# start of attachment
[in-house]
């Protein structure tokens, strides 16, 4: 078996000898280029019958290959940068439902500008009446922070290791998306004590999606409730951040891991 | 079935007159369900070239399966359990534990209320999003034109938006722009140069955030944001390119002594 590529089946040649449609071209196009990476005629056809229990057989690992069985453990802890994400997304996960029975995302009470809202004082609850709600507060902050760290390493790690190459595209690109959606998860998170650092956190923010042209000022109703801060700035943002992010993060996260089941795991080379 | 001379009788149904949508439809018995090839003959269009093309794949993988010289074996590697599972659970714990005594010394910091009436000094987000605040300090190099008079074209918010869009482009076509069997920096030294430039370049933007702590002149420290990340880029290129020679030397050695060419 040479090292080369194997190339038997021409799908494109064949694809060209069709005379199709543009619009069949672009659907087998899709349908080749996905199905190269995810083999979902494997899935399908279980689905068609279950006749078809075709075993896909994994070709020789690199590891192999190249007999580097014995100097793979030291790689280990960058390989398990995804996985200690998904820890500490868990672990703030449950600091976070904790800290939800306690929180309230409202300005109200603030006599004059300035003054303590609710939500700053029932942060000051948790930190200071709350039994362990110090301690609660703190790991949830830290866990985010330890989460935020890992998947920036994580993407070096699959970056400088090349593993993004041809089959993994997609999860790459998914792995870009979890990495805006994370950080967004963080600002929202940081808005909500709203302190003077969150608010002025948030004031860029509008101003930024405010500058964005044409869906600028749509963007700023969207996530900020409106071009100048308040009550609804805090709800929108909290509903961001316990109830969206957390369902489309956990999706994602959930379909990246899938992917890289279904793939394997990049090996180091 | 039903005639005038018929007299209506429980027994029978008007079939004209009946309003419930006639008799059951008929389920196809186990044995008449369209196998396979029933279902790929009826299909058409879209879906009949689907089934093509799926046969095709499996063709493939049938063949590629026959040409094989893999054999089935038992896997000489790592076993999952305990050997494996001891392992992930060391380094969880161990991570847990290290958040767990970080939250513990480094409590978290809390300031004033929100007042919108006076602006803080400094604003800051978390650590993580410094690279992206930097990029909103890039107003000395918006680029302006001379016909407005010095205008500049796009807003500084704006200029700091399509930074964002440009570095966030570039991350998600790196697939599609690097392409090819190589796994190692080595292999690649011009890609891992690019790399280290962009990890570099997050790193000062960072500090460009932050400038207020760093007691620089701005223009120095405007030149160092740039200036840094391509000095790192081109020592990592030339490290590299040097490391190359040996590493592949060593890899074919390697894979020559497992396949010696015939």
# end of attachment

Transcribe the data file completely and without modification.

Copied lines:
[in-house]
């Protein structure tokens, strides 16, 4: 078996000898280029019958290959940068439902500008009446922070290791998306004590999606409730951040891991 | 079935007159369900070239399966359990534990209320999003034109938006722009140069955030944001390119002594 590529089946040649449609071209196009990476005629056809229990057989690992069985453990802890994400997304996960029975995302009470809202004082609850709600507060902050760290390493790690190459595209690109959606998860998170650092956190923010042209000022109703801060700035943002992010993060996260089941795991080379 | 001379009788149904949508439809018995090839003959269009093309794949993988010289074996590697599972659970714990005594010394910091009436000094987000605040300090190099008079074209918010869009482009076509069997920096030294430039370049933007702590002149420290990340880029290129020679030397050695060419 040479090292080369194997190339038997021409799908494109064949694809060209069709005379199709543009619009069949672009659907087998899709349908080749996905199905190269995810083999979902494997899935399908279980689905068609279950006749078809075709075993896909994994070709020789690199590891192999190249007999580097014995100097793979030291790689280990960058390989398990995804996985200690998904820890500490868990672990703030449950600091976070904790800290939800306690929180309230409202300005109200603030006599004059300035003054303590609710939500700053029932942060000051948790930190200071709350039994362990110090301690609660703190790991949830830290866990985010330890989460935020890992998947920036994580993407070096699959970056400088090349593993993004041809089959993994997609999860790459998914792995870009979890990495805006994370950080967004963080600002929202940081808005909500709203302190003077969150608010002025948030004031860029509008101003930024405010500058964005044409869906600028749509963007700023969207996530900020409106071009100048308040009550609804805090709800929108909290509903961001316990109830969206957390369902489309956990999706994602959930379909990246899938992917890289279904793939394997990049090996180091 | 039903005639005038018929007299209506429980027994029978008007079939004209009946309003419930006639008799059951008929389920196809186990044995008449369209196998396979029933279902790929009826299909058409879209879906009949689907089934093509799926046969095709499996063709493939049938063949590629026959040409094989893999054999089935038992896997000489790592076993999952305990050997494996001891392992992930060391380094969880161990991570847990290290958040767990970080939250513990480094409590978290809390300031004033929100007042919108006076602006803080400094604003800051978390650590993580410094690279992206930097990029909103890039107003000395918006680029302006001379016909407005010095205008500049796009807003500084704006200029700091399509930074964002440009570095966030570039991350998600790196697939599609690097392409090819190589796994190692080595292999690649011009890609891992690019790399280290962009990890570099997050790193000062960072500090460009932050400038207020760093007691620089701005223009120095405007030149160092740039200036840094391509000095790192081109020592990592030339490290590299040097490391190359040996590493592949060593890899074919390697894979020559497992396949010696015939």